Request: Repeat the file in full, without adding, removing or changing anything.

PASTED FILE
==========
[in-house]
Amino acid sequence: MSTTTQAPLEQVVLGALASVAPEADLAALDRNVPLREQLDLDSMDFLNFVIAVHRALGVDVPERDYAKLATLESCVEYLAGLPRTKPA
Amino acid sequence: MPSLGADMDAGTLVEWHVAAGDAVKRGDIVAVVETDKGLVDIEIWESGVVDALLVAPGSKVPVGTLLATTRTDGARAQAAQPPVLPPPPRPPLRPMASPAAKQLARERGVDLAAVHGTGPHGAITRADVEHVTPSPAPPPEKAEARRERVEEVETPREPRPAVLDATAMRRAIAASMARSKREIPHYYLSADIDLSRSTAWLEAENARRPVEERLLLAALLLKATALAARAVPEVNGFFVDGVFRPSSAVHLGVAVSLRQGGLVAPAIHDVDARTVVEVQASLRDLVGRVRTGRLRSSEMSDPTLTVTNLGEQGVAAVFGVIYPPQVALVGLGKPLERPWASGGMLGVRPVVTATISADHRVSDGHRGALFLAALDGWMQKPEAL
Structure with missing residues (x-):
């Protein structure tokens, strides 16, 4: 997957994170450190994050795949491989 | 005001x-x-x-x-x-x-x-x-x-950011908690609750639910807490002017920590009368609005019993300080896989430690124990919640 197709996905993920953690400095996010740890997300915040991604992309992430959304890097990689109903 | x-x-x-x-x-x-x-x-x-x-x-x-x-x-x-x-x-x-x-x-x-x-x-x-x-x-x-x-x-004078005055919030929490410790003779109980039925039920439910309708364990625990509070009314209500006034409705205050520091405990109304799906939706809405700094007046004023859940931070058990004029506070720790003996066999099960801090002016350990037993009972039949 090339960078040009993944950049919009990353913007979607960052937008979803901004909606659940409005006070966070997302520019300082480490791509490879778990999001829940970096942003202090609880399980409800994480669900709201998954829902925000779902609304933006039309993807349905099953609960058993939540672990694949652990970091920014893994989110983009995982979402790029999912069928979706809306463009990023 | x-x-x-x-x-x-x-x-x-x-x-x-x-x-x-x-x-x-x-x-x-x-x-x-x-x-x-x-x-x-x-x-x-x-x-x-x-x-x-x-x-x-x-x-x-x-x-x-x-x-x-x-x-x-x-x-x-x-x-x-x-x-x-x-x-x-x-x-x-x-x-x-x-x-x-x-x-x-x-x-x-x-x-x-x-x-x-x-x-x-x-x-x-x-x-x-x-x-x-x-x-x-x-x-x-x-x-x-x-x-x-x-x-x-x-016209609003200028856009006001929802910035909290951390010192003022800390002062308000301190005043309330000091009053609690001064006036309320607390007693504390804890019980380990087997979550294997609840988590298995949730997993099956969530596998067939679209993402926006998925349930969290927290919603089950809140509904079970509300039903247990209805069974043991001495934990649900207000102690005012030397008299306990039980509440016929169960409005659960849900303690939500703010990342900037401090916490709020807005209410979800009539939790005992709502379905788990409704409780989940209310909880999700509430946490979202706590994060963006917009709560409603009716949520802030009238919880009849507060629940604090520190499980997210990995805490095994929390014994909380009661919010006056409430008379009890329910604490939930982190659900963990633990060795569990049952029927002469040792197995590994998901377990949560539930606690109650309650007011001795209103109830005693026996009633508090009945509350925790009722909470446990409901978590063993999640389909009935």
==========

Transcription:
[in-house]
Amino acid sequence: MSTTTQAPLEQVVLGALASVAPEADLAALDRNVPLREQLDLDSMDFLNFVIAVHRALGVDVPERDYAKLATLESCVEYLAGLPRTKPA
Amino acid sequence: MPSLGADMDAGTLVEWHVAAGDAVKRGDIVAVVETDKGLVDIEIWESGVVDALLVAPGSKVPVGTLLATTRTDGARAQAAQPPVLPPPPRPPLRPMASPAAKQLARERGVDLAAVHGTGPHGAITRADVEHVTPSPAPPPEKAEARRERVEEVETPREPRPAVLDATAMRRAIAASMARSKREIPHYYLSADIDLSRSTAWLEAENARRPVEERLLLAALLLKATALAARAVPEVNGFFVDGVFRPSSAVHLGVAVSLRQGGLVAPAIHDVDARTVVEVQASLRDLVGRVRTGRLRSSEMSDPTLTVTNLGEQGVAAVFGVIYPPQVALVGLGKPLERPWASGGMLGVRPVVTATISADHRVSDGHRGALFLAALDGWMQKPEAL
Structure with missing residues (x-):
């Protein structure tokens, strides 16, 4: 997957994170450190994050795949491989 | 005001x-x-x-x-x-x-x-x-x-950011908690609750639910807490002017920590009368609005019993300080896989430690124990919640 197709996905993920953690400095996010740890997300915040991604992309992430959304890097990689109903 | x-x-x-x-x-x-x-x-x-x-x-x-x-x-x-x-x-x-x-x-x-x-x-x-x-x-x-x-x-004078005055919030929490410790003779109980039925039920439910309708364990625990509070009314209500006034409705205050520091405990109304799906939706809405700094007046004023859940931070058990004029506070720790003996066999099960801090002016350990037993009972039949 090339960078040009993944950049919009990353913007979607960052937008979803901004909606659940409005006070966070997302520019300082480490791509490879778990999001829940970096942003202090609880399980409800994480669900709201998954829902925000779902609304933006039309993807349905099953609960058993939540672990694949652990970091920014893994989110983009995982979402790029999912069928979706809306463009990023 | x-x-x-x-x-x-x-x-x-x-x-x-x-x-x-x-x-x-x-x-x-x-x-x-x-x-x-x-x-x-x-x-x-x-x-x-x-x-x-x-x-x-x-x-x-x-x-x-x-x-x-x-x-x-x-x-x-x-x-x-x-x-x-x-x-x-x-x-x-x-x-x-x-x-x-x-x-x-x-x-x-x-x-x-x-x-x-x-x-x-x-x-x-x-x-x-x-x-x-x-x-x-x-x-x-x-x-x-x-x-x-x-x-x-x-016209609003200028856009006001929802910035909290951390010192003022800390002062308000301190005043309330000091009053609690001064006036309320607390007693504390804890019980380990087997979550294997609840988590298995949730997993099956969530596998067939679209993402926006998925349930969290927290919603089950809140509904079970509300039903247990209805069974043991001495934990649900207000102690005012030397008299306990039980509440016929169960409005659960849900303690939500703010990342900037401090916490709020807005209410979800009539939790005992709502379905788990409704409780989940209310909880999700509430946490979202706590994060963006917009709560409603009716949520802030009238919880009849507060629940604090520190499980997210990995805490095994929390014994909380009661919010006056409430008379009890329910604490939930982190659900963990633990060795569990049952029927002469040792197995590994998901377990949560539930606690109650309650007011001795209103109830005693026996009633508090009945509350925790009722909470446990409901978590063993999640389909009935």